Monday, November 23, 2009

How much do you know about the proper handling of condominium reserve accounts?

Section 718.112 (2)(f) of the Condominium Act provides that the annual budget prepared by the board each year shall include reserve accounts for capital expenditures and deferred maintenance. A condominium budget MUST include reserves for roof replacement, building painting, and pavement resurfacing, regardless of the amount of deferred maintenance expense or replacement cost for these items, and must also include reserves for any other item for which the deferred maintenance expense or replacement cost exceeds $10,000.

The formula to determine how much to put away in reserve is based upon the estimated remaining useful life and estimated replacement cost or deferred maintenance expense of each reserve item. The association may adjust replacement reserve assessments annually to take into account any changes in estimates or extension of the useful life of a reserve item caused by deferred maintenance.

Even though the board must create a budget with full reserves, the members of an association have the right, by a majority vote at a duly called meeting of the association, to provide no reserves or less reserves than required by the Condominium Act. If a meeting of the unit owners is called to determine whether to waive or reduce reserves and majority approval is not obtained or a quorum is not established at that meeting, the board's budget must go into effect with FULL reserves.

Prior to turnover of control of an association by a developer to unit owners, the developer has the statutory right to unilaterally waive the reserves or reduce the funding of reserves for the first 2 fiscal years of the association's operation, beginning with the fiscal year in which the initial declaration is recorded. After that time, reserves may only be waived or reduced with the consent of a majority of all nondeveloper voting interests voting in person or by limited proxy at a duly called meeting of the association.

Reserve funds and any interest accruing thereon MUST remain in their individual reserve account or accounts, and shall be used only for authorized reserve expenditures unless their use for other purposes is approved in advance by a majority vote at a duly called meeting of the association. This means that the funds in the roof reserve can be used only to maintain, repair or replace the roof and for no other purpose unless the membership consents to such different use.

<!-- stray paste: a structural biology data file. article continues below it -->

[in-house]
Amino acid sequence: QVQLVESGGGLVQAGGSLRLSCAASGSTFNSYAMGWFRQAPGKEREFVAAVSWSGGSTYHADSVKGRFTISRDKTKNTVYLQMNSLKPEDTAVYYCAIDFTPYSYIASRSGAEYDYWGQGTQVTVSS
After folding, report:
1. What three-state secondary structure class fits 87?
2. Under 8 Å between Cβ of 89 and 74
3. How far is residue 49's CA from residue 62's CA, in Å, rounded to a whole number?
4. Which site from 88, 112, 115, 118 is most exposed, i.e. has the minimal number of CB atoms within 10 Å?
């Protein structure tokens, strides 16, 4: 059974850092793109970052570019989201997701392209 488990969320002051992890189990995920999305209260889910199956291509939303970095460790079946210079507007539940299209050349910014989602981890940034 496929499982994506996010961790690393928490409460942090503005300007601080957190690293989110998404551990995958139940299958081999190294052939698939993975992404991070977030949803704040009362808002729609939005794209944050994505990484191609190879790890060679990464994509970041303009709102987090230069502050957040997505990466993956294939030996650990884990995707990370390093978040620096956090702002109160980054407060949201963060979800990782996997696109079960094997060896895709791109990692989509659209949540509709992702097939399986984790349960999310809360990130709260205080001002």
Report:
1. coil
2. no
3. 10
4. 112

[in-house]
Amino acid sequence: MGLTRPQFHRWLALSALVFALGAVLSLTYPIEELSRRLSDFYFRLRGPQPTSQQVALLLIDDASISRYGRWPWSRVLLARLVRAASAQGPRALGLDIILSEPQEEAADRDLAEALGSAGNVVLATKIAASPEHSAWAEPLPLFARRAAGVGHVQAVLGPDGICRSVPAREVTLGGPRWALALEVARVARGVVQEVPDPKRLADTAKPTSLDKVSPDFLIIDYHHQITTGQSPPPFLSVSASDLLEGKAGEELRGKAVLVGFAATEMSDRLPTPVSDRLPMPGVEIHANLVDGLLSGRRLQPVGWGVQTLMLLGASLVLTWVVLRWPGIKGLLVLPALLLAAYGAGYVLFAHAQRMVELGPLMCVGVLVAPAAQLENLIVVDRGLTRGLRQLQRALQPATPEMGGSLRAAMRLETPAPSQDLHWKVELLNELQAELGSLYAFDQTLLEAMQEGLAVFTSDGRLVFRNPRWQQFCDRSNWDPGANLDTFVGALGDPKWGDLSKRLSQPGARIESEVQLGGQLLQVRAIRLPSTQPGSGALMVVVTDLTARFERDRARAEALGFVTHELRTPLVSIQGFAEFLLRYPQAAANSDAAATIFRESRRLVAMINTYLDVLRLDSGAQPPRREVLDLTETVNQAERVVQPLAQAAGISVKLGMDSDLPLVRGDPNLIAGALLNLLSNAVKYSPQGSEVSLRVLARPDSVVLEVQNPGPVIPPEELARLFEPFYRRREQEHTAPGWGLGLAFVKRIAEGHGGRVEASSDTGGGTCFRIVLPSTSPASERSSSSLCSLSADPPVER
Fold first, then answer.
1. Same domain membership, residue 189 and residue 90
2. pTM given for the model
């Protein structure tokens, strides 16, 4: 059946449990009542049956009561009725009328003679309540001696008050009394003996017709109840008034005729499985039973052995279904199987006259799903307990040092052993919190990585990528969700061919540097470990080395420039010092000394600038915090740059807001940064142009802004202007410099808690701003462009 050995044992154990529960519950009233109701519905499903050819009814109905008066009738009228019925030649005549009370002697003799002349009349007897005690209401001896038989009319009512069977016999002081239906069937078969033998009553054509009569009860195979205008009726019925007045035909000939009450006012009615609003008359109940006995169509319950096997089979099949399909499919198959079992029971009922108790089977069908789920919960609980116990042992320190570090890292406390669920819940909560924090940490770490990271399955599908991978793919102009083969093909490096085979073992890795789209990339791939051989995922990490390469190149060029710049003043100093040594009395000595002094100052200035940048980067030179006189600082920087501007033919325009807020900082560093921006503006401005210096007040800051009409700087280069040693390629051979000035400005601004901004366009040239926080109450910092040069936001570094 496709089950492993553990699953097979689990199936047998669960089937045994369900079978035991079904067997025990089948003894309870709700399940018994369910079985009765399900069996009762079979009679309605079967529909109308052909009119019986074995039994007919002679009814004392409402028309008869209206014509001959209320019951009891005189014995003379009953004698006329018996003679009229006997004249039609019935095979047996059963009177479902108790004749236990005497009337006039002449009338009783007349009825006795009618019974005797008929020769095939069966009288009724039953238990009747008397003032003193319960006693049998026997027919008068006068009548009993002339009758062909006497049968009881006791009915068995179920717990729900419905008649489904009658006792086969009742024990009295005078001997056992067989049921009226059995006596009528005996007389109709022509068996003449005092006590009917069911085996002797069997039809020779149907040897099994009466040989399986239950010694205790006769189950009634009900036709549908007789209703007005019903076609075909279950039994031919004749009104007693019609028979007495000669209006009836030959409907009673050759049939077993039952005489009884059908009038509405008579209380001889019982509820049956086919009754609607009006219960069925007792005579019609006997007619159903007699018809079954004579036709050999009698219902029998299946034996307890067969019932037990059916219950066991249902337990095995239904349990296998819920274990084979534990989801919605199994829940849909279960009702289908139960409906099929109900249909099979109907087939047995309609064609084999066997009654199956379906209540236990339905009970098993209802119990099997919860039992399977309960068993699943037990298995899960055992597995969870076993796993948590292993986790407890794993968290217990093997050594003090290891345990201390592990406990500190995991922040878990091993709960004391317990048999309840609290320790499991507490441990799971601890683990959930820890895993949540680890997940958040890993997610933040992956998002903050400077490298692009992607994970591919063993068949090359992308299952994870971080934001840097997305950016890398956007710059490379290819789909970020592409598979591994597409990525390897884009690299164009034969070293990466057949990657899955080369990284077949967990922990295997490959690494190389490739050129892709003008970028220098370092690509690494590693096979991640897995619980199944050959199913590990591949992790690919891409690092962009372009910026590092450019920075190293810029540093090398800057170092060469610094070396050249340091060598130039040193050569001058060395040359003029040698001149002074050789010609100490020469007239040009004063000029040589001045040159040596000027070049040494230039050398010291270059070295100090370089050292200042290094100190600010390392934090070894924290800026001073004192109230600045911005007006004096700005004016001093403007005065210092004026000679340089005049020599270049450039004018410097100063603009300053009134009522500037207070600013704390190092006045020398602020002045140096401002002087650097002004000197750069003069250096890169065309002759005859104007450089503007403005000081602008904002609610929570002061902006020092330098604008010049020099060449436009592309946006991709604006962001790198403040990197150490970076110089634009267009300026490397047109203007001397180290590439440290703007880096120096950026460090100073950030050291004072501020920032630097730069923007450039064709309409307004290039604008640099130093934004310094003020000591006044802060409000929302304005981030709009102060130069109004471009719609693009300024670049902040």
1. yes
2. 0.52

Given the serious ramifications that can occur in communities where reserves have been waived for years, the Florida Legislature amended the Condominium Act several years ago to provide that the following prominent disclaimer language be put in bold on any proxy or ballot used by owners to waive or reduce reserves:


The idea behind reserves is quite simple: put away money for a rainy day a little at a time so it doesn't hurt as much when that rainy day finally arrives. However, there will always be folks who don't like to be forced to save because they might not be around to enjoy the benefits of those savings (the "I no longer buy green bananas" crowd) as well as those folks who don't like to put any more funds than absolutely necessary at the disposal of an elected board. There have been legislative proposals the last few years that would take away the members' rights to waive or reduce reserve funding; this means that all condominium budgets would automatically include reserve amounts regardless of majority membership opinion on the matter. How many of you would support such legislation and how many of you would see that as unnecessary governmental meddling in your private community affairs?


  1. Right now there are probably a lot of condo and homeowner's associations that wished they had put aside more reserves over the years.

  2. I would not support mandatory reserves because condominium boards cannot necessarily be expected to spend accumulated funds wisely, or even legally.